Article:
Tenant’s reliance on past front yard requirements tops Buildings’ new policy. Thomas E. Carroll applied to Buildings for demolition and construction permits to build a single-family home on his designated plot at 607 Bayside Drive in Breezy Point, Queens, a 403-acre private community owned by Breezy Point Cooperative. Carroll leased his plot from the Cooperative in 1960, the same year the Cooperative incorporated. Carroll’s plot, like other individual plots in the Cooperative, had been historically treated as a separate zoning lot by Buildings.
Buildings’ practice in Breezy Point was to measure a zoning lot’s front yard footage starting at the center line of an adjacent service road. Carroll’s front lot line was located on the center line of a service road adjacent to the plot. Though the service road was unmapped, it was open, used by residents and emergency vehicles, and accepted by Buildings as a functioning street.
Applying this practice, Buildings granted both permits, but later revoked the construction permit because the proposed design did not provide for a 10-foot deep front yard starting from the service road’s street line. Buildings had changed its interpretation of R4 front yard setback requirements as they applied to the Cooperative, and now ruled that when a street was open and in use within a zoning lot, the line separating the open service road from the rest of the zoning lot (“the street line”) was the correct line to begin measuring the plot’s front yard footage.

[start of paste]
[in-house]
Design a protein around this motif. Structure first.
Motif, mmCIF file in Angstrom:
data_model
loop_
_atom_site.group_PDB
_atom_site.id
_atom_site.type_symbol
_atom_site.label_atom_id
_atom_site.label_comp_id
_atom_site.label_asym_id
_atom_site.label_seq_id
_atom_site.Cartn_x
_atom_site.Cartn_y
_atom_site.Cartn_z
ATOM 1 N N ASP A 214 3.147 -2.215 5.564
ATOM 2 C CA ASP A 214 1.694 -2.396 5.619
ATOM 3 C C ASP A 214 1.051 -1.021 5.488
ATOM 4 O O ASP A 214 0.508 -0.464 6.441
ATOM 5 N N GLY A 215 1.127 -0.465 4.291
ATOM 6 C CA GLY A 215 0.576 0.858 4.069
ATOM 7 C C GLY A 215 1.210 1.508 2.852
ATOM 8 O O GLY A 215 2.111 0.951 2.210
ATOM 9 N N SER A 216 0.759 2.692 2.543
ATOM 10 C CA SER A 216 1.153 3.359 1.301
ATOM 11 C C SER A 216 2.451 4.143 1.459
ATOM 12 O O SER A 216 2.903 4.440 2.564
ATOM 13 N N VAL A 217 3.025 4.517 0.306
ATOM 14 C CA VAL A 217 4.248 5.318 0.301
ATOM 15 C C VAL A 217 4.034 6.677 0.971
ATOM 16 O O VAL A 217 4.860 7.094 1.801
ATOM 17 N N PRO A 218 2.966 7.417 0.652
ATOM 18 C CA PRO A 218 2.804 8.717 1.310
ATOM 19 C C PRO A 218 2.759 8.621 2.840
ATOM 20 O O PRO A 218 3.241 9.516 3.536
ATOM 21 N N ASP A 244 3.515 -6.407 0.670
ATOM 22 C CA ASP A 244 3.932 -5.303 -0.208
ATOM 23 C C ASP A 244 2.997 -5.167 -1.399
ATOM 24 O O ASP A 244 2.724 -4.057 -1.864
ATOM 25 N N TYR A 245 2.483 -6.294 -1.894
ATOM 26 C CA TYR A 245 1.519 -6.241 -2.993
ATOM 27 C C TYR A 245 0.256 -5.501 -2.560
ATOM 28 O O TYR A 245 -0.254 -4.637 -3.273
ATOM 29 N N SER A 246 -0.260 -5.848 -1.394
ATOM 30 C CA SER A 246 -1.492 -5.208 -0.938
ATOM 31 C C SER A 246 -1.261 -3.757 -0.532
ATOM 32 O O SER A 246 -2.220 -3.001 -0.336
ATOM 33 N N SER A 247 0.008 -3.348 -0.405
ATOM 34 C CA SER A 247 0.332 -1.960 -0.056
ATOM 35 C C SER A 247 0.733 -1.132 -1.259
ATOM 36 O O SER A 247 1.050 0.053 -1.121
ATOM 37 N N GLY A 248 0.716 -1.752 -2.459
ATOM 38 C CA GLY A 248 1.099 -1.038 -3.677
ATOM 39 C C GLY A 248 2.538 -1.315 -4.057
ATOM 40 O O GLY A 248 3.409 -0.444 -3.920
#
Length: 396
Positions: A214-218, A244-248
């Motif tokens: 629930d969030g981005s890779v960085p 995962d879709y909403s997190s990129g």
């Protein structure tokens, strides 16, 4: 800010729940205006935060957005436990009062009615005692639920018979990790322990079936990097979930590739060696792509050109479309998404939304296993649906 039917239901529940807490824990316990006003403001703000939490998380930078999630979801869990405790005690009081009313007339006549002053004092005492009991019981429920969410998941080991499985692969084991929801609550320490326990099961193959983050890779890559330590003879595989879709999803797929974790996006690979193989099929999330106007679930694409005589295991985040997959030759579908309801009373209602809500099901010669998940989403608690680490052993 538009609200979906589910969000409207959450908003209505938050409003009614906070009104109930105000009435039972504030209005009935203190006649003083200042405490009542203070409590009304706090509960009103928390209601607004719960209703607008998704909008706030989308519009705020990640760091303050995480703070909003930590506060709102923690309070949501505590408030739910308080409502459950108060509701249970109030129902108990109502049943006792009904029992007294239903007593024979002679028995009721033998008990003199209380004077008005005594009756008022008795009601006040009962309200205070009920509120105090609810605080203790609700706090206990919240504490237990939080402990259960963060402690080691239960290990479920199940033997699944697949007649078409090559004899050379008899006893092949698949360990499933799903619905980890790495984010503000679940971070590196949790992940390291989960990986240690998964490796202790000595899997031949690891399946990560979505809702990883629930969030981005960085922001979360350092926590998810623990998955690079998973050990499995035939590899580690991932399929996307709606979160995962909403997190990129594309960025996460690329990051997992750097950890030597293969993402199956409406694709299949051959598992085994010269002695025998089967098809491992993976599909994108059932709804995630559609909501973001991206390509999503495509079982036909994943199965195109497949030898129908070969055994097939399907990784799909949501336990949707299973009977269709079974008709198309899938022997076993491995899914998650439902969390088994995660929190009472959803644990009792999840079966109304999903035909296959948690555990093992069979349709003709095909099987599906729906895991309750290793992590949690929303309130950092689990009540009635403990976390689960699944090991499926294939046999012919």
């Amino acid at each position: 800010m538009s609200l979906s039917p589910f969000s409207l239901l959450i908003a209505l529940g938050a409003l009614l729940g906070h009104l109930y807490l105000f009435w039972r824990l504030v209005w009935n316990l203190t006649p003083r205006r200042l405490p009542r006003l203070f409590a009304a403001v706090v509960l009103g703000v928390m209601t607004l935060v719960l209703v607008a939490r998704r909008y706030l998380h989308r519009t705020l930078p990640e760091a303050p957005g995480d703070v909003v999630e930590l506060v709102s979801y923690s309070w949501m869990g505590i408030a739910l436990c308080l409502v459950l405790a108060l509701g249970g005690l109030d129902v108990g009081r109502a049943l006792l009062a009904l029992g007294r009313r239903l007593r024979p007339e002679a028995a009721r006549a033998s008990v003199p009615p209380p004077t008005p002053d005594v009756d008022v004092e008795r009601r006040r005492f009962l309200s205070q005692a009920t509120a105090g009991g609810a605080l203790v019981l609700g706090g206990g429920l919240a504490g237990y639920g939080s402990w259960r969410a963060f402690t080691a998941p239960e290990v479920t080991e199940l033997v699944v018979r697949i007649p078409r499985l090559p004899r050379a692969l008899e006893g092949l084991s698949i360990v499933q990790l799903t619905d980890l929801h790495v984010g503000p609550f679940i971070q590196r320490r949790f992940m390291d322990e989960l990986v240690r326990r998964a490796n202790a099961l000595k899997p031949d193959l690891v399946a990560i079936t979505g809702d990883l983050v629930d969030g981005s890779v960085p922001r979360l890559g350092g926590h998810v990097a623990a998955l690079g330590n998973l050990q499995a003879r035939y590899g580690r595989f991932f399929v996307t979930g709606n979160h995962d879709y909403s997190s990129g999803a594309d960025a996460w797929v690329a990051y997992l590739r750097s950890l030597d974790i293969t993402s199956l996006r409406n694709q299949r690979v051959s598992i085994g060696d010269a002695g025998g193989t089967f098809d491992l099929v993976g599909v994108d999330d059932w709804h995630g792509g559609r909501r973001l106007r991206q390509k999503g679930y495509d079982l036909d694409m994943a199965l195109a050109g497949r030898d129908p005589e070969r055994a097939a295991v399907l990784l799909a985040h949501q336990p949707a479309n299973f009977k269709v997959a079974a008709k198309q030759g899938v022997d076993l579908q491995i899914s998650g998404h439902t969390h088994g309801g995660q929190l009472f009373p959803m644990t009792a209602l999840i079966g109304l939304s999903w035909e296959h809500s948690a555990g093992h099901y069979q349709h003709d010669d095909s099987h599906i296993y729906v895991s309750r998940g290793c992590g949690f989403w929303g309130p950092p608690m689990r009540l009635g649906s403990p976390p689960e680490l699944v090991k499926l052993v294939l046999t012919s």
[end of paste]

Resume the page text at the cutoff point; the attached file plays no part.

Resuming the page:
Carroll appealed the permit revocation to BSA, claiming that the proposed home met the front yard setback requirements since the distance between his home and the center line of the service road exceeded 10 feet. Carroll cited to recent decisions from the Queens Borough Commissioner which noted that, within the Cooperative, Buildings had recognized the center line of the adjacent service road as the proper starting point for measuring the front yard.
Buildings conceded that it had previously accepted the center line of the service road as the line from which to measure the front yard, but stated that it had changed its policy. It now believed that starting the front yard measurement at the line that separated the open service road from the developable land on the zoning lot was appropriate since the street was open and in use.
BSA agreed with Buildings that the proper measurement of the front yard began at the street line and not at the center line of the service road, but granted Carroll’s request to have the building permit reinstated given Carroll’s substantial and reasonable reliance on Buildings’ previous longstanding interpretation of front yard setback requirements as applied to the Cooperative.
BSA: 607 Bayside Drive (140-07-A) (Jan. 13, 2009). CITYADMIN